Daily News from New York, New York on March 19, 1989 · 6
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Daily News from New York, New York · 6

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Location:
New York, New York
Issue Date:
Sunday, March 19, 1989
Page:
6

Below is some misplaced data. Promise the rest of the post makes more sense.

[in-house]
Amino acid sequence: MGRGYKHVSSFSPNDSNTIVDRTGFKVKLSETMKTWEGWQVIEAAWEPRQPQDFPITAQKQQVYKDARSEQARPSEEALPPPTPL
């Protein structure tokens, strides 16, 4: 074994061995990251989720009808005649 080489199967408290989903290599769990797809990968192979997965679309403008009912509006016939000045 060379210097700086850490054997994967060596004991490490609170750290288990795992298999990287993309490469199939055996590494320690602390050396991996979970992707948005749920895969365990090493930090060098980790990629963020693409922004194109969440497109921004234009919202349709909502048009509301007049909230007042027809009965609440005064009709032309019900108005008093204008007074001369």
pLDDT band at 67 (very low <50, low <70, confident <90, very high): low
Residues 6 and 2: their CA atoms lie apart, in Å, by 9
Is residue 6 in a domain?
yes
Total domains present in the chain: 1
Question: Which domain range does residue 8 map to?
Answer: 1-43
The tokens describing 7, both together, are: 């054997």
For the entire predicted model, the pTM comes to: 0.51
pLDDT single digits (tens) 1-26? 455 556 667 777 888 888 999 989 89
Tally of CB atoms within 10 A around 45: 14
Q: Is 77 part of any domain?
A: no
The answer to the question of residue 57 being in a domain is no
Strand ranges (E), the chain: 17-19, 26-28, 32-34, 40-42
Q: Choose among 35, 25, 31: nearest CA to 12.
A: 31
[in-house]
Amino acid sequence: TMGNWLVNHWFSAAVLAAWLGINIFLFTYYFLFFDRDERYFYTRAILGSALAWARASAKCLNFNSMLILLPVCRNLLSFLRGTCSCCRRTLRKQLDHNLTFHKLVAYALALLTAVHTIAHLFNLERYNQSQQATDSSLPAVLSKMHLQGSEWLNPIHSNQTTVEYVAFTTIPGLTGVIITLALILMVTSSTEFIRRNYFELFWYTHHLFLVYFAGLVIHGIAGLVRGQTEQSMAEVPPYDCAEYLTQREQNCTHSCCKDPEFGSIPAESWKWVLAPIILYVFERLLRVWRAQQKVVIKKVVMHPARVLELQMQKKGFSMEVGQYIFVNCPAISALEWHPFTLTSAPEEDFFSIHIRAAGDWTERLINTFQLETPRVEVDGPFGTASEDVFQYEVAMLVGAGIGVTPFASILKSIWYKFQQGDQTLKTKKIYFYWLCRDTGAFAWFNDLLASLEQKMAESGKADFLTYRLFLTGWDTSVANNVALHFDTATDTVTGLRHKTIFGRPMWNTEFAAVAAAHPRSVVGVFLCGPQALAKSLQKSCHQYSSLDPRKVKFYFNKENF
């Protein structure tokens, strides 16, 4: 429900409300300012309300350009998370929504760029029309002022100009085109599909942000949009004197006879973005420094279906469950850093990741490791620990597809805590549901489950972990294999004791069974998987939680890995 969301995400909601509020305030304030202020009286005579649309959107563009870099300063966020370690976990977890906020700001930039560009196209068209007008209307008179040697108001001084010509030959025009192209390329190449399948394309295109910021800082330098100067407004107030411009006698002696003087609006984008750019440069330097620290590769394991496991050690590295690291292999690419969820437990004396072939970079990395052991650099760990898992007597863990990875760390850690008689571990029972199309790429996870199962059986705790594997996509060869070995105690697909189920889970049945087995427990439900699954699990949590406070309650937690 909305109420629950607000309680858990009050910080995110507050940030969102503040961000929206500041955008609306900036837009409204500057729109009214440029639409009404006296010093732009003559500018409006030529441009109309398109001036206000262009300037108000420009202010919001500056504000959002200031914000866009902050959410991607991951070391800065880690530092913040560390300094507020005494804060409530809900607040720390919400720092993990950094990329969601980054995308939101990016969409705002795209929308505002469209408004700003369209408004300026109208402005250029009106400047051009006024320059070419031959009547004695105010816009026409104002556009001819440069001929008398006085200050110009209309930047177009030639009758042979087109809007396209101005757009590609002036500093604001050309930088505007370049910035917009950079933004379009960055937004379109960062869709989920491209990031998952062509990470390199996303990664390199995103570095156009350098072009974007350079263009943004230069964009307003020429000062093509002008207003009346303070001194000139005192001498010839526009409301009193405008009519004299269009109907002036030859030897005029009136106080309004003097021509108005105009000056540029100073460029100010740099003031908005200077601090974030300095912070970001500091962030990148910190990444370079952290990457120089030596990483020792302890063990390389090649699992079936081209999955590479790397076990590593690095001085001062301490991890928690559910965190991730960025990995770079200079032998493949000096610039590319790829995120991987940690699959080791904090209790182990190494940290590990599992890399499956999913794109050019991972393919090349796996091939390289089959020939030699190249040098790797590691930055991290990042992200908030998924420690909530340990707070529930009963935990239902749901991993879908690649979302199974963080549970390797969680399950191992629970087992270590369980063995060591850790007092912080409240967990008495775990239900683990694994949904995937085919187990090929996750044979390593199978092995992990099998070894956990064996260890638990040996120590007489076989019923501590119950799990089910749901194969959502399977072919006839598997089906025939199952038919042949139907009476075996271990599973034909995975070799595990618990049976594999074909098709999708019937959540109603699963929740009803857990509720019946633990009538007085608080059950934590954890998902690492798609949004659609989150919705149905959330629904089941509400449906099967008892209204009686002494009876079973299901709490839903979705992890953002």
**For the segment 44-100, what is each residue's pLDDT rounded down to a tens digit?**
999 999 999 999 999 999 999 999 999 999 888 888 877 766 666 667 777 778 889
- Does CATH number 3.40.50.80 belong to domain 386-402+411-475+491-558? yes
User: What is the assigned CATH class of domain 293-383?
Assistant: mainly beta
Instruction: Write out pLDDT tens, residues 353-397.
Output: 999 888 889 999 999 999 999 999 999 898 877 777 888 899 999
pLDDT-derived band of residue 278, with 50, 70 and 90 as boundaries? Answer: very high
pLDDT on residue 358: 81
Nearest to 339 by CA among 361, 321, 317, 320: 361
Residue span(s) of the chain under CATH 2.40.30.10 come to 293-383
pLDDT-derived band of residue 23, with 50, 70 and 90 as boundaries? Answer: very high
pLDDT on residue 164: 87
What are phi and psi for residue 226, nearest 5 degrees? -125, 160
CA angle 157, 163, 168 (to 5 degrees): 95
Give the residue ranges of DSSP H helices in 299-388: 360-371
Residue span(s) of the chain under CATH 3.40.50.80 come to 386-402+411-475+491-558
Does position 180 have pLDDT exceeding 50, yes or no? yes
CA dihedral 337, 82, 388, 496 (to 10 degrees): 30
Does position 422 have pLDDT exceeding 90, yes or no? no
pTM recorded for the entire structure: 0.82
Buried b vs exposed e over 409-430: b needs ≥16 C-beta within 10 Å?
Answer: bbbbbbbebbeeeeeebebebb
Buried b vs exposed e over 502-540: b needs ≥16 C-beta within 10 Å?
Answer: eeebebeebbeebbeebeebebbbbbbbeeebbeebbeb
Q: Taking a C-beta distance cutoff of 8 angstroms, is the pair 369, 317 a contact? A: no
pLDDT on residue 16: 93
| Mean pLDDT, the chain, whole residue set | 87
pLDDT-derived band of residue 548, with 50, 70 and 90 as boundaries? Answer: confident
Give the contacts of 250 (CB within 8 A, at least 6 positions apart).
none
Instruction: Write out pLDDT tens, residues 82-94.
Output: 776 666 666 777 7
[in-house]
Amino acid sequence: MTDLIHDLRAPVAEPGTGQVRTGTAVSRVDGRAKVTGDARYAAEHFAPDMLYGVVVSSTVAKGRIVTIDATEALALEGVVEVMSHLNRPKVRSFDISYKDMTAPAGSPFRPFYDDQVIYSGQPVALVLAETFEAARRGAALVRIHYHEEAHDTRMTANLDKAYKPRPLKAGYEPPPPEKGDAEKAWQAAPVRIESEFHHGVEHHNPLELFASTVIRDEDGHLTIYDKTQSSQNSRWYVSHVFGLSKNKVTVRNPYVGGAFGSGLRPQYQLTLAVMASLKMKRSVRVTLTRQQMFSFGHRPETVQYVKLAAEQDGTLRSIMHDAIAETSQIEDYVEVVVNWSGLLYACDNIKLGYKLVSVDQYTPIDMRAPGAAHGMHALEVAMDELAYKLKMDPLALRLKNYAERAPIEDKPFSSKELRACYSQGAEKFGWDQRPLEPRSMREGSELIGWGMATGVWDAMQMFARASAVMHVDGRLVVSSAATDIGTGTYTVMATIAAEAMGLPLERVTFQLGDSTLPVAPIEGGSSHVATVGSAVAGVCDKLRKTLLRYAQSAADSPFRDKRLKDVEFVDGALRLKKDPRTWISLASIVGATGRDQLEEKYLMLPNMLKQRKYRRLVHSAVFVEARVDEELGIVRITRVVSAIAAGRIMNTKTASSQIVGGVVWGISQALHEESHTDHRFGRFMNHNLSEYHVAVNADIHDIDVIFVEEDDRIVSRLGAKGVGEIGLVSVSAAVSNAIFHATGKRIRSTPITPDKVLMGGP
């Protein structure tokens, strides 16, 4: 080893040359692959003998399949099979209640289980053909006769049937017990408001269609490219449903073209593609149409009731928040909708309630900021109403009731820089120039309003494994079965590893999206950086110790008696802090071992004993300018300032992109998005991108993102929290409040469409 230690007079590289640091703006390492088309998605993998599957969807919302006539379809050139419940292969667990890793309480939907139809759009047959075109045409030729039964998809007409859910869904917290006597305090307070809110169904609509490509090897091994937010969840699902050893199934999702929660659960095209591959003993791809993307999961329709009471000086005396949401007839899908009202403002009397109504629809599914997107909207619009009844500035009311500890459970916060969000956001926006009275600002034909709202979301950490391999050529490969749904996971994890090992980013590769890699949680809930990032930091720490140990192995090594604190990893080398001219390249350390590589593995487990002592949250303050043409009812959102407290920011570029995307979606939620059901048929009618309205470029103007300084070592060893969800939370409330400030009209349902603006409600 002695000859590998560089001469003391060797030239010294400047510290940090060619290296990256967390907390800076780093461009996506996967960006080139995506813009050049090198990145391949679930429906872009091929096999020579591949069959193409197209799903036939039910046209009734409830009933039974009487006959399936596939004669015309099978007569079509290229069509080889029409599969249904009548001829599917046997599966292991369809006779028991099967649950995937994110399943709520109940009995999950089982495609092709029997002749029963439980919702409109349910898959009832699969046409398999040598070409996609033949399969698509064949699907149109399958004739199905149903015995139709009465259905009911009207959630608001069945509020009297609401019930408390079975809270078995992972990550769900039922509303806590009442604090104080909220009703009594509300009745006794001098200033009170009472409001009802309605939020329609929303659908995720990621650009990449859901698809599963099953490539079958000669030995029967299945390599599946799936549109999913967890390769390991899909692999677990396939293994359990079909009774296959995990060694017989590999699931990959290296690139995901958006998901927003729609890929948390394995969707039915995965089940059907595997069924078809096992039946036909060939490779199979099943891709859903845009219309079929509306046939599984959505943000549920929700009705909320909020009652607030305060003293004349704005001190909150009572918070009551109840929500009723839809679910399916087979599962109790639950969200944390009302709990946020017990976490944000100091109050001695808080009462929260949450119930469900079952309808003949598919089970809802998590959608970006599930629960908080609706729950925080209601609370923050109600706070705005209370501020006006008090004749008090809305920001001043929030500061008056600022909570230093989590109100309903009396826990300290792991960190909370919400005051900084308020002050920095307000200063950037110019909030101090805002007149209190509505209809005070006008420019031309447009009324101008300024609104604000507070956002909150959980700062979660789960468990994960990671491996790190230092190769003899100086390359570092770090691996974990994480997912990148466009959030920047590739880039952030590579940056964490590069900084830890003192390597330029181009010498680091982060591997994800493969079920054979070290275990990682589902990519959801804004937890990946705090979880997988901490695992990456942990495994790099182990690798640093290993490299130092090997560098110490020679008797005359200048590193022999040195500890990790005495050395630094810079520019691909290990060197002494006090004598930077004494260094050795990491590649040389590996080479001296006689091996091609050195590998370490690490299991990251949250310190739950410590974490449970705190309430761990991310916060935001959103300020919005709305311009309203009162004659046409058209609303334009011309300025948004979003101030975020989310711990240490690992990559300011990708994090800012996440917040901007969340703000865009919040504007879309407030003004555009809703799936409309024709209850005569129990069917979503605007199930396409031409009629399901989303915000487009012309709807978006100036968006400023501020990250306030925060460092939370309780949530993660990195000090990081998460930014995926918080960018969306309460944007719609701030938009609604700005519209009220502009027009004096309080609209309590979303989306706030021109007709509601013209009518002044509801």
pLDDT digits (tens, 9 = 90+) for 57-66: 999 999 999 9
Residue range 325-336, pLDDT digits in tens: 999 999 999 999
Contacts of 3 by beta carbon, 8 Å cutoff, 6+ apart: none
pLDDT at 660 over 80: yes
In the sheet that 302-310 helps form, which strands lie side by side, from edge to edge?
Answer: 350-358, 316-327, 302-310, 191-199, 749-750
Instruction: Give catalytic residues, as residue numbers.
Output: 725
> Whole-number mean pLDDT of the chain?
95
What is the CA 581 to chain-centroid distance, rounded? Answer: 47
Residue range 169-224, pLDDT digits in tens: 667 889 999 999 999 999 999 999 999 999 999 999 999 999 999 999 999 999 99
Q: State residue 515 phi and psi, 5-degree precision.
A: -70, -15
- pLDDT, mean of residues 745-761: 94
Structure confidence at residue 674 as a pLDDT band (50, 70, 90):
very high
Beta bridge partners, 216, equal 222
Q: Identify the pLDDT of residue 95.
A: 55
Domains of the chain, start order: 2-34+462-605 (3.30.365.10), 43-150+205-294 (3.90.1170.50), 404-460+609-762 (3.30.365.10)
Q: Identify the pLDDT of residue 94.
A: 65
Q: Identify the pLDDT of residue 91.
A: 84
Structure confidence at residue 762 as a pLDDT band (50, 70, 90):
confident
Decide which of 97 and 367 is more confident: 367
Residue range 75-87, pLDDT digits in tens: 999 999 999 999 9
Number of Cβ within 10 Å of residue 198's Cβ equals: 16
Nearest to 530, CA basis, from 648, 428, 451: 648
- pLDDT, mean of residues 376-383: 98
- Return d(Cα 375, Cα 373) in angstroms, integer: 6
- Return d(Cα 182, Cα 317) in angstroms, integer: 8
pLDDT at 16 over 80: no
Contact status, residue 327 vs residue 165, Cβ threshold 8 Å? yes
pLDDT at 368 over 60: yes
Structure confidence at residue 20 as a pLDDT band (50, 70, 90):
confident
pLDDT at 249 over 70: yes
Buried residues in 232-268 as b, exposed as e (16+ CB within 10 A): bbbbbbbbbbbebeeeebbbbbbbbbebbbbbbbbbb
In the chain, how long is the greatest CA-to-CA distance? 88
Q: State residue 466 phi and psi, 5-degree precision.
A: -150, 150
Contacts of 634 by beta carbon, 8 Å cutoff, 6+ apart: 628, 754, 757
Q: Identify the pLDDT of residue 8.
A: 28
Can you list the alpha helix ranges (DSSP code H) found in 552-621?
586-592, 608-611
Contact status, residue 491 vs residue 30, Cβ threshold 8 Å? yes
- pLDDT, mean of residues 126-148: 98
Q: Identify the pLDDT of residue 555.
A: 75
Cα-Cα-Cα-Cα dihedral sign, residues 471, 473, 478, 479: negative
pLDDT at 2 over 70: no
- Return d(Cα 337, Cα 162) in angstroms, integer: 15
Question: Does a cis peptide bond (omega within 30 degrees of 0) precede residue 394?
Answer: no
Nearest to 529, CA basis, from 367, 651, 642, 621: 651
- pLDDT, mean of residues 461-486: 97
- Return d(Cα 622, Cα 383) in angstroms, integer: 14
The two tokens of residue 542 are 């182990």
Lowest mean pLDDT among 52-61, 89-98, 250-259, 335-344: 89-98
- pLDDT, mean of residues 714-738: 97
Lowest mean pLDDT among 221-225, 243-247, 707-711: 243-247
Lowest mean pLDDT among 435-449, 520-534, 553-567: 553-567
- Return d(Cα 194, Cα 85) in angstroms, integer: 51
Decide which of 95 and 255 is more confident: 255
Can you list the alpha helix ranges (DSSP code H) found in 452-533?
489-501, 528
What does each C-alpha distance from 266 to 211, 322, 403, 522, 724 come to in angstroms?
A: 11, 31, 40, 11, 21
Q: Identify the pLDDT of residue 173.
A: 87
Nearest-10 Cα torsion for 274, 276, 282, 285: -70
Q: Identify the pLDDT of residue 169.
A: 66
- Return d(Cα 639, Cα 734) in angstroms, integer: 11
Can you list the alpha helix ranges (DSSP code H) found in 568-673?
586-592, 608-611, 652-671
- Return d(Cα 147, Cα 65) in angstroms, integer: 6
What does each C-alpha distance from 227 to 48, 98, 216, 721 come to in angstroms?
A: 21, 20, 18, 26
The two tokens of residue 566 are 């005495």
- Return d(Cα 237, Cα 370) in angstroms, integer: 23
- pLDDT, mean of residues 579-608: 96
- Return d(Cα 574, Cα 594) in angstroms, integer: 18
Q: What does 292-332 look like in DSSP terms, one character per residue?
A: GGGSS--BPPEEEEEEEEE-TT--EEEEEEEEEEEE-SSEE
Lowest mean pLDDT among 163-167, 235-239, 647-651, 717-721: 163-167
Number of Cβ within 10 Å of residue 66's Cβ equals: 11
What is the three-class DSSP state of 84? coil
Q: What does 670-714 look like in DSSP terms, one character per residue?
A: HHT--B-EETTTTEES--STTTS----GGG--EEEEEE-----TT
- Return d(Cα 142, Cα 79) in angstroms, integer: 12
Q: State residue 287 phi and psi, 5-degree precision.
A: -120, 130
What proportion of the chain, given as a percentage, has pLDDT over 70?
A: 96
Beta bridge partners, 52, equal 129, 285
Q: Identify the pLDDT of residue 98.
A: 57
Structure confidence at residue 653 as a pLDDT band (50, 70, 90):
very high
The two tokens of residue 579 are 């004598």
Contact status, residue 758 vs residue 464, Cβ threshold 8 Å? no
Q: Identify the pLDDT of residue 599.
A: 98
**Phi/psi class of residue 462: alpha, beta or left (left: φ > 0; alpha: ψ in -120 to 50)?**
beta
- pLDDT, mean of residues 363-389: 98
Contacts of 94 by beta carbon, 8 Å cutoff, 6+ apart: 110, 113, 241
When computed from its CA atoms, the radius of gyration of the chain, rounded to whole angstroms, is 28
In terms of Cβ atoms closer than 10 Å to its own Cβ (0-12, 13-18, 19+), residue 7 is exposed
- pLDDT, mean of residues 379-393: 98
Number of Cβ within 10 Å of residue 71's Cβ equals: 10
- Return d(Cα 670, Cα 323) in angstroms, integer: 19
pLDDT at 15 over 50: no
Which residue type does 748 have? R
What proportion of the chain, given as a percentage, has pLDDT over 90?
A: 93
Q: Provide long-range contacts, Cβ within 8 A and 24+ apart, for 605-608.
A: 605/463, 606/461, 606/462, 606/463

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6 Haig's not hyperbolizing when he ashs 2L1 for booh before President Richard Nixon resigned the presidency, Haig really was in charge. He was Nixon's chief of staff and the keeper of many White House secrets. It's even been rumored that Haig was Woodward and Bernstein's "Deep Throat." Haig's powerhouse agent, Norman Brokaw, reportedly has already turned down a $ 1 million offer to buy the unborn manuscript. Brokaw on the record says modestly that questions of money and content are premature. But he is certain the general will write another book. Brokaw also mentioned that he's urging another Reagan administration alumnus, Don Regan, to find his muse for a second book. AILEY UP AMD OUT for a decade, Aivln Alley's Dunce Center and administration HQ has been at the heart of Times Square in the Minskoff Theater building. Come June, Alley's out. Owner Tishman-Speyer has other plans for the space, not to mention wanting more money. An Alley spokesman said the center, which services 2,500 students a year, knew this was coming and found bipjer quarters closer to Lincoln Center. In fact, the cost of renting and refurbishing the new digs will be roughly what Alley Is paying now. That makes atlemt one Alexander Haig figures he's But he wants a $2 million he settles down to the typewriter. Haig's first book, "Caveat," covered his brief tenure as President Ronald Reagan's secretary of state, an era marked by Haig's dubious claim "I'm in charge here" when Reagan was shot. The book did so-so. So what makes a second Haig book worth so much? It's what he could write about. In the final months B'WAY BRITISH? tt isn't enough to have the lion's share of the Great White Way hits. The British, who gave us "Phantom of the Opera," "Les Misers-, ME'S. TEJtlEE : TinEon nnrj Josh Saviano, the winning nerd of ABC'S hit series The Wonder Years," b working on a triple-header . He's about to be Car M.trvd not once, not twice. Would you believe three times? There wW be the real rtte of paasaca fcack home In CakJwca, NJ. Then there's hia "WoncJar Yeers" bWftday bash. And on AprM lO, he rets to do It all DAILY got another book in him. minimum guarantee before btes," "Cats," etc., may take over one of Broadway's legendary theaters, the Biltmore. When the Biltmore comes up for auction again NEWS this Friday, a London theater group will be in on the bidding. The auction could get hot and heavy. Last year the Biltmore was sold to Morris Gluck for $5.35 million. He defaulted on the payment, putting the landmark into play again. And there is an incentive to keep the theater alrve. If the Biltmore is kept as a theater, the winning bidder can more than double the square footage available for development through air rights. Donna Hanover HANOVER TRUST WPIX anchorwoman Donna Hanover is going to play it sedate during the mayoral race. Don't look for her to do the traditional wifely campaigning for her husband, Republican mayoral maybe Rudy Giuliani. No - 40.,-X-.V h solo lunches, no speeches. Sure, she'll attend the dinners where a spouse is expected. But that's it The fact that she's expecting in August is said not to be a factor. Donna got a real kick out of hearing a "St Patrick's Day parade spectator yell out "Rudy, don't let Donna quit her job." Indeed, her news job has been the subject of much speculation ever since Giuliani's candidacy became a serious issue. But rest assured. She has no intention of quitting. And, she said, Rudy is determined not to let her career be hurt GETTING BOOKED G.P. Putnam has a lock on the showbiz legends. They've signed a troika of aging greats LuciHa Bad, George Bums and Bob Hope -to do their literary schtick. The still flame-haired Ball is laboring on an autobiography. Hope's opus is a reflection on his career, Hollywood and comedy. Burns, who also has a home video coming out, will whip up some anecdotes about his famous friends. ' LEAVE IT AT K0SSE That's exactly what American Express wants Grace Jones to do. Leave that charge, card alone.. The in- Sunday, March 19, 1989 company's Manhattan State Supreme Court suit, charges. And now Jones' card is null and void. She's got until month's end to re spond to the suit said an attorney for Am Ex. Jones didn't return Sauce's calls. NOR GRATA Amid all the travails over his strike-bound Eastern Airlines, Frank Lorenzo could have been looking forward to a dinner at his alma mater, Columbia, next week, at which he would receive a John Jay Award. No such luck. The undergraduates of Columbia have decided "not to hold the dinner this year because the current emotional climate in the labor dispute between East-em Airlines and the machinists' union makes it impossible to guarantee an atmosphere appropriate to such a celebratory event" Qntem Jones dance1 wimpany that can' over tcsaitn IWACC'tcfeil'csJIiad survive 'the (ManfiarWn She Mi&anV1 $115,000 Dlus in-; estate- mber 1 J' " ' fest'Vr unpaid Mis) the 4 inai tr f if' r. vn r ijifniin rttrv nt.' imi 1kj lint Vi U.t ,im 'si D $ 4 ,1 V l u i k, t ( 4 1 f i X f I I ' ) i J,t .i f.v. xfi

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